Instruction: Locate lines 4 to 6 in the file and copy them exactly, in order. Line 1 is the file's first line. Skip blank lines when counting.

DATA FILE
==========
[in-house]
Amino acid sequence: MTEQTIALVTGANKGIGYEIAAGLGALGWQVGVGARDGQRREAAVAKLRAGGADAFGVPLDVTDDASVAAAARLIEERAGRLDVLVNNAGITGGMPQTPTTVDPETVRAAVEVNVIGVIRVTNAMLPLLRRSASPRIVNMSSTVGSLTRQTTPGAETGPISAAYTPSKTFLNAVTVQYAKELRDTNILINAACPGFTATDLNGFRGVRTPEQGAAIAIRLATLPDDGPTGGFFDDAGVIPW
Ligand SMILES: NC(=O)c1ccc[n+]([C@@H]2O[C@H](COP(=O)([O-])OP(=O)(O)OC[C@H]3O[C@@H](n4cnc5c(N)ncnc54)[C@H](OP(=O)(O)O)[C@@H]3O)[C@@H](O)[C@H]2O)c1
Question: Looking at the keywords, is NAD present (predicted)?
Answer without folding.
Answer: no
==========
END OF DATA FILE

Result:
Question: Looking at the keywords, is NAD present (predicted)?
Answer without folding.
Answer: no